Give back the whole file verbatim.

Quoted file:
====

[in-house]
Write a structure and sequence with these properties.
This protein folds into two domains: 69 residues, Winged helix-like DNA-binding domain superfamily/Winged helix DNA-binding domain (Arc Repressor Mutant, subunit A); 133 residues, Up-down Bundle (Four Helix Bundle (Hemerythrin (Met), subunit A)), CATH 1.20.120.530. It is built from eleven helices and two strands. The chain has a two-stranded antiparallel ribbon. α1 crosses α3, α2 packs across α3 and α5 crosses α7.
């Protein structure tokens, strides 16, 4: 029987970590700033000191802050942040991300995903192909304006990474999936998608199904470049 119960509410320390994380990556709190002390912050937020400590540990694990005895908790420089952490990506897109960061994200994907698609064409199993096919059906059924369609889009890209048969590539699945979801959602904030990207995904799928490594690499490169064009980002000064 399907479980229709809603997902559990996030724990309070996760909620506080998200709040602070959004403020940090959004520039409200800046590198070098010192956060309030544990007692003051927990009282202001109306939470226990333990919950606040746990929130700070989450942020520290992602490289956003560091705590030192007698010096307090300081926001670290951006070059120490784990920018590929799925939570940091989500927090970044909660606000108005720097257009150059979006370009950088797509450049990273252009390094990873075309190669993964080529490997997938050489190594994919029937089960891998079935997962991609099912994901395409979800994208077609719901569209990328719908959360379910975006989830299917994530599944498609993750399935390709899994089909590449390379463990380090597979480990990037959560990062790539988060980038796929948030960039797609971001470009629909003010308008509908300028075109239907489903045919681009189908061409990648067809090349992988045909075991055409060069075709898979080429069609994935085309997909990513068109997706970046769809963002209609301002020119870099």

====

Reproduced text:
[in-house]
Write a structure and sequence with these properties.
This protein folds into two domains: 69 residues, Winged helix-like DNA-binding domain superfamily/Winged helix DNA-binding domain (Arc Repressor Mutant, subunit A); 133 residues, Up-down Bundle (Four Helix Bundle (Hemerythrin (Met), subunit A)), CATH 1.20.120.530. It is built from eleven helices and two strands. The chain has a two-stranded antiparallel ribbon. α1 crosses α3, α2 packs across α3 and α5 crosses α7.
């Protein structure tokens, strides 16, 4: 029987970590700033000191802050942040991300995903192909304006990474999936998608199904470049 119960509410320390994380990556709190002390912050937020400590540990694990005895908790420089952490990506897109960061994200994907698609064409199993096919059906059924369609889009890209048969590539699945979801959602904030990207995904799928490594690499490169064009980002000064 399907479980229709809603997902559990996030724990309070996760909620506080998200709040602070959004403020940090959004520039409200800046590198070098010192956060309030544990007692003051927990009282202001109306939470226990333990919950606040746990929130700070989450942020520290992602490289956003560091705590030192007698010096307090300081926001670290951006070059120490784990920018590929799925939570940091989500927090970044909660606000108005720097257009150059979006370009950088797509450049990273252009390094990873075309190669993964080529490997997938050489190594994919029937089960891998079935997962991609099912994901395409979800994208077609719901569209990328719908959360379910975006989830299917994530599944498609993750399935390709899994089909590449390379463990380090597979480990990037959560990062790539988060980038796929948030960039797609971001470009629909003010308008509908300028075109239907489903045919681009189908061409990648067809090349992988045909075991055409060069075709898979080429069609994935085309997909990513068109997706970046769809963002209609301002020119870099």